Another institution to stand up against the practice is the entire Wolfgang Puck brand. In 2007, the celebrity chef officially announced that foie gras would no longer be offered in any of his 14 fine-dining restaurants, 80 casual eateries, or 43 catering venues. The campaign is coined “Wolfgang’s Eating Loving and Living” (WELL), and is supported by the Humane Society of the United States (HSUS). Puck is quick to point out that WELL reflects his interest in offering socially conscious and better tasting food, but one might wonder if the three years of protests and negative publicity he received from Farm Sanctuary, an animal rights group, had anything to do with his change of heart.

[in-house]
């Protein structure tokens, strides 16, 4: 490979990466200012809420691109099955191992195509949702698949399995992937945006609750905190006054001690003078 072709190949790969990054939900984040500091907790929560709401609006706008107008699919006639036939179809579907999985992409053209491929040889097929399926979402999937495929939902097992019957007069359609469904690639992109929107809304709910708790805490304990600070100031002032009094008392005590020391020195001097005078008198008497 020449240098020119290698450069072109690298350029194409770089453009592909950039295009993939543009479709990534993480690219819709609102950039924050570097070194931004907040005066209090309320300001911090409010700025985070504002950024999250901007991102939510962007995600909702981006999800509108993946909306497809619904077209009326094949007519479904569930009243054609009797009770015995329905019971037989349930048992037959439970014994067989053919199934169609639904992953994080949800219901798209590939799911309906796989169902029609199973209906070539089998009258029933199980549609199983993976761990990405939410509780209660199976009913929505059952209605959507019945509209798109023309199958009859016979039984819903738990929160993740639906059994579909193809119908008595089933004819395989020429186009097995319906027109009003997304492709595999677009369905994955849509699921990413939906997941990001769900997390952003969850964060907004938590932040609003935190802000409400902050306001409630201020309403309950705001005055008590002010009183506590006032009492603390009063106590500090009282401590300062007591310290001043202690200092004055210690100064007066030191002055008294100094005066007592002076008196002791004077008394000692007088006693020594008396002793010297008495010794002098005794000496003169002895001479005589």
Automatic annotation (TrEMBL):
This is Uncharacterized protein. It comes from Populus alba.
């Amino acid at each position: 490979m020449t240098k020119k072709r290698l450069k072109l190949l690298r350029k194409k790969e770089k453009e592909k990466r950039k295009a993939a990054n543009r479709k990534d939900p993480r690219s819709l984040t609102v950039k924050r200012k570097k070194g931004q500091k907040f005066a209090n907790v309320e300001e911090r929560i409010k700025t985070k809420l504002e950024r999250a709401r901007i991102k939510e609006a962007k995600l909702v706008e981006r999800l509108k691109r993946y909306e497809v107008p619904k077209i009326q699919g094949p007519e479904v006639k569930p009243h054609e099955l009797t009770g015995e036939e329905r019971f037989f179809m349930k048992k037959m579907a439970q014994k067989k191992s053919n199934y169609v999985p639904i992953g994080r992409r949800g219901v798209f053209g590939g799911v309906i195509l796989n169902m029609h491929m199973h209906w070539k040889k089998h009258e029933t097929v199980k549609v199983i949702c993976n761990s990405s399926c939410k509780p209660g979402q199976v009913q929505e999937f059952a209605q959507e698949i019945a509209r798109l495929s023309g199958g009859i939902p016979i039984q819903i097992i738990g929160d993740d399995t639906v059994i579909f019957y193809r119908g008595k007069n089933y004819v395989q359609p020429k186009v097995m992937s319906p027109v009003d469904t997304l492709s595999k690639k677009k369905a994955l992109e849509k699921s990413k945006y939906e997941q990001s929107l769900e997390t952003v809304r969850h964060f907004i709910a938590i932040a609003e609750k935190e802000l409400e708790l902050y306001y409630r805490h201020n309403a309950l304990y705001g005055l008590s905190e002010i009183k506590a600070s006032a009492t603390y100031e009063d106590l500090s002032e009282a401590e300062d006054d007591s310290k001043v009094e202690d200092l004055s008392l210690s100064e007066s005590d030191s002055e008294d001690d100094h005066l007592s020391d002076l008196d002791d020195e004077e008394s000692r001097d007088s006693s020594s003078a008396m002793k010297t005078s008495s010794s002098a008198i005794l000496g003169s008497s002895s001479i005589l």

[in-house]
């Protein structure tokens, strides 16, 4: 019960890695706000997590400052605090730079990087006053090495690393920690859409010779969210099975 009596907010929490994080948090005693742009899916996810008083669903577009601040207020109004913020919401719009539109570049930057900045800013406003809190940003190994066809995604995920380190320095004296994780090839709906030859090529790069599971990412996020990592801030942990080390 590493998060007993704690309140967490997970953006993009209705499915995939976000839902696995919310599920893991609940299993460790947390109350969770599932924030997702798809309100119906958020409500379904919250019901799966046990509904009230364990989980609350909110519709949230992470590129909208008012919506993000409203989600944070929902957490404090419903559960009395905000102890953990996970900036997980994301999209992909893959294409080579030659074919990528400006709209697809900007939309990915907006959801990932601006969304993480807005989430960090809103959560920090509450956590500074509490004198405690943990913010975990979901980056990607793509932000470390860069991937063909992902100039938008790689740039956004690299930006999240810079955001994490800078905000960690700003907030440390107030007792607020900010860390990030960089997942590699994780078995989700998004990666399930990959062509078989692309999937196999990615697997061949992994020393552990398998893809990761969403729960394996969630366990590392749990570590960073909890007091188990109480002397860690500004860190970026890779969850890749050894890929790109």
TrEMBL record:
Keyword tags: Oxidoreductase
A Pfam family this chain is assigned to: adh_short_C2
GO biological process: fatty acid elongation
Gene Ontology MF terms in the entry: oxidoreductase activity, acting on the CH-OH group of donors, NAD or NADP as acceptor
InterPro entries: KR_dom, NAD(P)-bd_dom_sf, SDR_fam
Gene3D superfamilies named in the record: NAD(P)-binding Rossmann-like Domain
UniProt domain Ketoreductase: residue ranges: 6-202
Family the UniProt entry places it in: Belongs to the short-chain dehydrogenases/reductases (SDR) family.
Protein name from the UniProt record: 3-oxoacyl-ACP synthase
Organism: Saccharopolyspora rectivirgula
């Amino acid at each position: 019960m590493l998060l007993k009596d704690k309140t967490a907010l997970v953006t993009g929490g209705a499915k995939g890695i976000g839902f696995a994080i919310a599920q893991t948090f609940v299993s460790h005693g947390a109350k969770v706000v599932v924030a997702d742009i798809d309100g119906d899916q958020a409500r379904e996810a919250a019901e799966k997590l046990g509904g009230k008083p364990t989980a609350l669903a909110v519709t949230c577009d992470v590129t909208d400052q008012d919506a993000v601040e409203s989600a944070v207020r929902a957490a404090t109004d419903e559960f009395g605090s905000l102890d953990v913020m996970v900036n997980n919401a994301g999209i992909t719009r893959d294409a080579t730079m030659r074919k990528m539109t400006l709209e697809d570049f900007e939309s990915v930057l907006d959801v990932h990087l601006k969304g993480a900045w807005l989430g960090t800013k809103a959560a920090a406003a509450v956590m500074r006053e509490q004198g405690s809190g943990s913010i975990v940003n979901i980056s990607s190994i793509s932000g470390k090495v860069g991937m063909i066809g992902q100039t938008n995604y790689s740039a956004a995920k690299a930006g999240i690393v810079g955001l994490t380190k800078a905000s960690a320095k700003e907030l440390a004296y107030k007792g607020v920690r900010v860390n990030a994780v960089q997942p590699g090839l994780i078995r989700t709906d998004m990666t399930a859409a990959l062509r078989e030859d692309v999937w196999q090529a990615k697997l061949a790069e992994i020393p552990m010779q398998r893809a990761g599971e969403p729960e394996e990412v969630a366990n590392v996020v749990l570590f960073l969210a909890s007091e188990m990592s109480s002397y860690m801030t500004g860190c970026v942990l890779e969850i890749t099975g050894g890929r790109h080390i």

The same year Wolfgang Puck bowed to the demands of protesters, other chefs rose up to counter the attack. In October of 2007, around 20 restaurants in Philadelphia added $5 foie gras selections to their menus in an act of solidarity as “Philadelphia Chefs for Choice.” The chefs were not only hoping to counter claims that the process of gavaging is inhumane to the animals, but they were also acting out against the protesters themselves – many chefs claimed that their staff, customers, and families were brutally harassed by animal rights groups. Chef David Ansill described the antics of protesters as “almost terroristic.” In regards to the supposedly traumatic act of force-feeding the birds, many chefs and supporters of the industry accept the claims of men like Ariane Daguin. The owner of the largest purveyor of foie gras in the US, D’Artagnon, noted, “It seems terrible if you don't know that a duck's esophagus is lined with a very thick cuticle, if you don't realize that baby ducks are fed by their mother pushing her beak down the baby's throat." The American Veterinary Medical Association’s House of Delegates and the American Association of Avian Pathologists both conclude that foie gras is not a product of animal cruelty. Celebrity chef and writer Anthony Bourdain offers his own frank, if not slightly oversimplified, view on the subject by noting that no meat product comes cruelty-free.